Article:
To read some articles about the making of the current A Perfect Circle CD, Thirteenth Step, one might think battles were raging in the studio throughout the recording of the CD.
An article on the VH-1 Web site (titled "A Perfect Circle Agree To Disagree About Single, Art, Everything Else") described guitarist Billy Howerdel and singer Maynard James Keenan as arguing vigorously over changes Keenan wanted to make to music Howerdel had already written for the CD. The article also said that if bassist Jeordie White (formerly known as Twiggy Ramirez when he was in the band Marilyn Manson) had not played the role of peacemaker between the two band mates, A Perfect Circle might have split up.
In a recent interview, though, Howerdel said the Thirteenth Step project wasn't so fraught with conflict. But he acknowledged that there were differences in the studio -- something the band had never before experienced.
"The tensions that we had [were greater], especially in contrast to the first time ... I threw out about 12 songs and he [Keenan] sung on them," Howerdel said, referring to the band's 2000 debut CD, Mer de Noms. "We quickly recorded the [first] record and then put it out. There wasn't much conflict at all."
That first CD took shape after Howerdel met Keenan -- the lead vocalist for Tool -- when he worked as a guitar technician for Tool during the recording of that band's 1996 CD, Aenima. During those sessions, Keenan heard music Howerdel had written and volunteered to be the singer.
Keenan wrote lyrics to Howerdel's music, and guitarist Troy Van Leeuwen, bassist Paz Lenchantin and drummer Josh Freese were recruited to complete a band lineup. Thus, A Perfect Circle was formed and they quickly recorded Mer de Noms.
Just as he did with that first CD, Howerdel also got the ball rolling on the Thirteenth Step project. While Keenan returned to Tool to write, record and then tour to support that band's most recent CD, Lateralus, Howerdel began writing new music, sometimes getting together with Freese, Van Leeuwen and Lenchantin to hash out ideas. (Van Leeuwen has since left the group and joined Queens of The Stone Age, and Lenchantin is reported to be working on a solo CD. Former Smashing Pumpkins guitarist James Iha and bassist White joined A Perfect Circle in their places.)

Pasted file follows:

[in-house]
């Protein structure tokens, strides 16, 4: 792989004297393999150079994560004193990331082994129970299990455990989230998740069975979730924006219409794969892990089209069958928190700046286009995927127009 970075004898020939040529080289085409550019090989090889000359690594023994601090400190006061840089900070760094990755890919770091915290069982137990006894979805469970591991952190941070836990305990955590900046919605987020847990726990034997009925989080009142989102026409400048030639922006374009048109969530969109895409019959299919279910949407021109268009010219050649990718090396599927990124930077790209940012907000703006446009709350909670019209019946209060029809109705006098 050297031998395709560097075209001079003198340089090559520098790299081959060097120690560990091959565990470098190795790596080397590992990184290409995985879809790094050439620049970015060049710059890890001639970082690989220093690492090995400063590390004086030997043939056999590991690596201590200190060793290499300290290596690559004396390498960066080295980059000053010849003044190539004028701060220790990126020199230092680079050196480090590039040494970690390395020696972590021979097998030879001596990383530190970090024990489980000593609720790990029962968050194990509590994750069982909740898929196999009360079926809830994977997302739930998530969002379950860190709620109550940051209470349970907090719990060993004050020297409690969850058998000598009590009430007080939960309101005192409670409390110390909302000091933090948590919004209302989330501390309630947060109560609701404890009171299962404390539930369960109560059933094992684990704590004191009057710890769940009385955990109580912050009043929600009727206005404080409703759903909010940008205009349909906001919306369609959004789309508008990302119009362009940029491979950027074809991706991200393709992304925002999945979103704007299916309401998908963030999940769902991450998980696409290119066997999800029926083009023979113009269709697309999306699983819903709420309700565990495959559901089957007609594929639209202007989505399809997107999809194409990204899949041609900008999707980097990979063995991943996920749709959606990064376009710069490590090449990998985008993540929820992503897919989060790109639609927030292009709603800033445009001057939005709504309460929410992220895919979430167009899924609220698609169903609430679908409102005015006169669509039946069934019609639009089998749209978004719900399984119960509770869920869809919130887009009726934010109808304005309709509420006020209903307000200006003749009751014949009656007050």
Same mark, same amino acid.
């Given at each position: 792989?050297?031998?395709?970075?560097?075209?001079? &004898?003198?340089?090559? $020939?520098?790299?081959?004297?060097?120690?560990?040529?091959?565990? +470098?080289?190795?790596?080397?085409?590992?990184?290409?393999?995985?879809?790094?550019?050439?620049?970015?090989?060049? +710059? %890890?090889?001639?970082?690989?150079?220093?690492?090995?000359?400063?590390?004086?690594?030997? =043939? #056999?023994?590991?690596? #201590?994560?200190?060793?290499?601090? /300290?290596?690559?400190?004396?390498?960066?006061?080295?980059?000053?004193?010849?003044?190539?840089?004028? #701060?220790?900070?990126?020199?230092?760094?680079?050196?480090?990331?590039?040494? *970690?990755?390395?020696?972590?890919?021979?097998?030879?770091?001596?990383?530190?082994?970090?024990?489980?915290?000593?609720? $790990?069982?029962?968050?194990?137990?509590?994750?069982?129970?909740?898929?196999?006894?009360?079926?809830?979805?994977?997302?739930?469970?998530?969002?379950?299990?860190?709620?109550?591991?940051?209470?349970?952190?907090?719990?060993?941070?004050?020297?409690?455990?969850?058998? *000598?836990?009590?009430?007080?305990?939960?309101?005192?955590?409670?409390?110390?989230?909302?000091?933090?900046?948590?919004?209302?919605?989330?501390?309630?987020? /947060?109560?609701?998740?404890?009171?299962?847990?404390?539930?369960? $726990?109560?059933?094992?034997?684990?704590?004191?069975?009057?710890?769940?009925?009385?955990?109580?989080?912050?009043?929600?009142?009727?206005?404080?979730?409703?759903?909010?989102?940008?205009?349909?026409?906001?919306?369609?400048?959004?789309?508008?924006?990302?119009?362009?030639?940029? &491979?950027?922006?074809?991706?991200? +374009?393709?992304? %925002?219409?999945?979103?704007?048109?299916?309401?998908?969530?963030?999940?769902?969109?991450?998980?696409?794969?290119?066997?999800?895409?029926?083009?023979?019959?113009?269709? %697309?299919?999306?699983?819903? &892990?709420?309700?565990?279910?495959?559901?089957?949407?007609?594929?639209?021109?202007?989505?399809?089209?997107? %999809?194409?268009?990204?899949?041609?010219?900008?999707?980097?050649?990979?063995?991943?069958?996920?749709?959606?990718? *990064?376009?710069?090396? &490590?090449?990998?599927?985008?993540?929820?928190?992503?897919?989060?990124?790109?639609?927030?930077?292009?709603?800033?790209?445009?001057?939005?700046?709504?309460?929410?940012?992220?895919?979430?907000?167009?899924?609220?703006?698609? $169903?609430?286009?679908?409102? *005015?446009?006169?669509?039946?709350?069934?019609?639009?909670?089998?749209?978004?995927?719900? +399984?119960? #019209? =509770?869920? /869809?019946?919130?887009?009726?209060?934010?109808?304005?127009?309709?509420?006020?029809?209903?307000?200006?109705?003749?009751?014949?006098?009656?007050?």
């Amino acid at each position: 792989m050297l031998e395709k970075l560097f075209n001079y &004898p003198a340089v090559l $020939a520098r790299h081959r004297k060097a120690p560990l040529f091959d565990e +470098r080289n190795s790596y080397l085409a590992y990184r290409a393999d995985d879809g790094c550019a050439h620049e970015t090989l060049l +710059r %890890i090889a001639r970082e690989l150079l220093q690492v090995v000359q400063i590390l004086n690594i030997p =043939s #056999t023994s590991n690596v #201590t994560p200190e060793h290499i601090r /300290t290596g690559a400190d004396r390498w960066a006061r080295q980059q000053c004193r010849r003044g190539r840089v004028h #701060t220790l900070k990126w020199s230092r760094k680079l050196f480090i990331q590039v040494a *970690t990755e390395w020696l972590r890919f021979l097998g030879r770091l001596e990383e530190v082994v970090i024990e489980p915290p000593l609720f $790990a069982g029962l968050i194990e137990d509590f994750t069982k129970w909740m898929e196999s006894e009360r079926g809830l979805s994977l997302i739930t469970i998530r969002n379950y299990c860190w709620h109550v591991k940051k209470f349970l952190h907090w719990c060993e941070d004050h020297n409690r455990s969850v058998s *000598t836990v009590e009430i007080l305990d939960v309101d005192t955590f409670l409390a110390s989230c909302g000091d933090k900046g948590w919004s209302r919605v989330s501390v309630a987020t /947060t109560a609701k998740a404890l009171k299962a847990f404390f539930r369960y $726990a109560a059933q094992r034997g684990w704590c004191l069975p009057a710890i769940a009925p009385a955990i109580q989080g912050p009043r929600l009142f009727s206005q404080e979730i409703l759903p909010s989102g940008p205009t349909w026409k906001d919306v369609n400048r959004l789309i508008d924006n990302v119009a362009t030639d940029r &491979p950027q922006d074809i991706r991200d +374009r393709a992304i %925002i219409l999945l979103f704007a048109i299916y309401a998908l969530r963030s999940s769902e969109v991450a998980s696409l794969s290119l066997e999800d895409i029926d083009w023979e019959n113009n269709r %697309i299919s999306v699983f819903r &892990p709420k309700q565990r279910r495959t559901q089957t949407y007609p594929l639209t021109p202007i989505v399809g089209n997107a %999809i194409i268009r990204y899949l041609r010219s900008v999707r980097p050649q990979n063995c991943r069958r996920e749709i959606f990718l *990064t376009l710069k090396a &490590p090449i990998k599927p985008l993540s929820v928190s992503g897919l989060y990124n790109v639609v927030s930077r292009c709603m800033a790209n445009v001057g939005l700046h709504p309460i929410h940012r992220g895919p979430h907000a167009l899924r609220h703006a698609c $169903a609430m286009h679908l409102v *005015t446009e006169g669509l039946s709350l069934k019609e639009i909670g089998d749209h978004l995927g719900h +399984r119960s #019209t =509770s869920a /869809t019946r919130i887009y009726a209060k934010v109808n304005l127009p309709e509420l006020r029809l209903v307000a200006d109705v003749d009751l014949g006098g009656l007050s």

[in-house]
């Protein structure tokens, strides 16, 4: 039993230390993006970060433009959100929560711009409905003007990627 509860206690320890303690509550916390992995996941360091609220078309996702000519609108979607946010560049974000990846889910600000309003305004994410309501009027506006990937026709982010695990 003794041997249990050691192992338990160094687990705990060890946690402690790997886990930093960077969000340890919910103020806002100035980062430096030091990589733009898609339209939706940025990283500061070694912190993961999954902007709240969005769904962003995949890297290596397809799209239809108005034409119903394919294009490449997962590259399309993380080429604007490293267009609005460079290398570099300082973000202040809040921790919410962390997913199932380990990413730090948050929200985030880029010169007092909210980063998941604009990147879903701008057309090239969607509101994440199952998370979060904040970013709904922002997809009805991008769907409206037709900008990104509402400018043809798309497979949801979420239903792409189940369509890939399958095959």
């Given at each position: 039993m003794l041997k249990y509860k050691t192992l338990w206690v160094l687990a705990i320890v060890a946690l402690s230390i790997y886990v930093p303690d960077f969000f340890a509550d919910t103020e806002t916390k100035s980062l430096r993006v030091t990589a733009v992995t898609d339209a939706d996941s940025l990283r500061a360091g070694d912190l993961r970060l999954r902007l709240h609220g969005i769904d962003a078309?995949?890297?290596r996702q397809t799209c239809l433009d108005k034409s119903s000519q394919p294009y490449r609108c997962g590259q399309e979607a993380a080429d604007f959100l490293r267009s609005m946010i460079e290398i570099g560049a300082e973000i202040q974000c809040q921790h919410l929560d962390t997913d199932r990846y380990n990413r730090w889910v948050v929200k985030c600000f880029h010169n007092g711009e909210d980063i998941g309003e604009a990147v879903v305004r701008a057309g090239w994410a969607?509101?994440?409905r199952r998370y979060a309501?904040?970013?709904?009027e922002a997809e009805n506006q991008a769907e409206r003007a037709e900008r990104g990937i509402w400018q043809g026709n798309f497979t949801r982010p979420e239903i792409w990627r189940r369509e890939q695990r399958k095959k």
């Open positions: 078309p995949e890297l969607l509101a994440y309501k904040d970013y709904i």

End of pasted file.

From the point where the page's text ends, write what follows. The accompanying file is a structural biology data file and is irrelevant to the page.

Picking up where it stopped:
Howerdel said once the Thirteenth Step project moved toward recording, Keenan began to lobby to reshape some songs to fit vocal and lyrical ideas he had. Howerdel said he and Keenan weren't consistently at odds, but they disagreed over specific aspects of several songs.
"At the end of the day when I counted it up, there were only two or three songs that didn't make the record and two of them that are on the record now that maybe got changed like 30 percent," Howerdel said.
The Thirteenth Step CD doesn't seem musically conflicted. If anything, it is generally stronger and more dynamic than Mer de Noms. Where that first CD leaned toward hard-rocking material with an arty edge, Thirteenth Step is more varied musically, with greater contrasts between hard-hitting songs like "The Outsider" and "Weak And Powerless" and softer songs like "The Noose" and "Vanishing," while retaining the art rock edge of the first CD.
Howerdel said he's pleased with Thirteenth Step despite the conflicts that surfaced during the making of the CD.
"At the end of the day everything did work out," Howerdel said. "I love the record. I'm proud of it. And you know, the struggle was there, but it wasn't something that [disrupted the band]. I think everyone is happy with it."
-- Alan Sculley
A Perfect Circle
Colorado Springs City Auditorium, 221 E. Kiowa St.
Saturday, June 12
Doors open at 7 p.m.
$35; 520-SHOW or www.ticketmaster.com